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Senior Leon Washington looks at a prescription drug chart during a Medicare enrollment event in Pleasanton, Calif., in December 2005. The budget proposes $35.9 billion in spending reductions for Medicare over the next five years.
Senior Leon Washington looks at a prescription drug chart during a Medicare enrollment event in Pleasanton, Calif., in December 2005. The budget proposes $35.9 billion in spending reductions for Medicare over the next five years. Justin Sullivan/Getty Images
President Bush's FY2007 budget would not only cut funding for a broad array of health programs, it could also fundamentally change the way the Medicare program for the elderly and disabled is funded.
Funding for so-called "discretionary" health programs would be largely frozen — as for the $28 billion National Institutes of Health — or reduced. The Centers for Disease Control and Prevention, for example, would see a $367 million reduction, to $5.8 billion; funding for the Health Resources and Services Administration would drop $252 million, to $6.3 billion.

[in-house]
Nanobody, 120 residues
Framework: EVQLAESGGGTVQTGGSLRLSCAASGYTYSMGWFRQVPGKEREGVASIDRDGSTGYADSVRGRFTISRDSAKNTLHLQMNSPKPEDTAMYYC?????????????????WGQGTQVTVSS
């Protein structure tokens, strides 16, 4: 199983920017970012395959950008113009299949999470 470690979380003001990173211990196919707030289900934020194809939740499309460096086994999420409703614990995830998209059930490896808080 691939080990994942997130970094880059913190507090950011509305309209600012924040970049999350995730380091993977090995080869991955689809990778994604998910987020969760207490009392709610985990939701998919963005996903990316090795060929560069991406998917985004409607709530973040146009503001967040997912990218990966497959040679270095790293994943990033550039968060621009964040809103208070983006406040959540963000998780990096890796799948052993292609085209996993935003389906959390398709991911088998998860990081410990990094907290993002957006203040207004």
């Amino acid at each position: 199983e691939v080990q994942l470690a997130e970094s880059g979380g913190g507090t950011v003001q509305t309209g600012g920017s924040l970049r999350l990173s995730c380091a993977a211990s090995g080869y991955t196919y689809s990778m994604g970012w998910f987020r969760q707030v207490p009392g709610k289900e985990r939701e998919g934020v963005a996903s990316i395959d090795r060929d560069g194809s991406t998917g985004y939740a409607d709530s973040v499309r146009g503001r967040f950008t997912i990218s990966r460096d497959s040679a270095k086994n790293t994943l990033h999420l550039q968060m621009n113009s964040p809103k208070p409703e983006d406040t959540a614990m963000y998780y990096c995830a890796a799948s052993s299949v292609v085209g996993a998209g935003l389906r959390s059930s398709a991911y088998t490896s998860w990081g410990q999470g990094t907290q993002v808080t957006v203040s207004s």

Continuing a theme from last year, the budget proposes to terminate several smaller health programs, including one that helps fund training for primary care doctors and other health professionals, and the Health Community Access Program that links community health centers and public hospitals.
On the "entitlement" funding front, the budget proposes an additional $12 billion over five years in spending reductions for the Medicaid health program for the poor, whose funding is shared between the federal government and the states. Most of those reductions would come through cracking down on some state financing techniques that federal officials say allow states to pay less then they should.
But the biggest changes would come to the $350 billion Medicare program. The budget proposes $35.9 billion in spending reductions over the next five years, largely by reducing payments to hospitals, nursing homes, and some other health care providers.
A potentially far-reaching shift would in effect cap the amount of federal tax revenue that flows to Medicare. Currently the program is funded from three separate sources — payroll taxes, beneficiary premiums, and general tax revenues. If the latter were to grow beyond 45 percent of total Medicare spending, under the proposal, Congress would either have to act to limit spending to that amount, or an across-the-board reduction of 0.1 percent would be applied to all Medicare spending.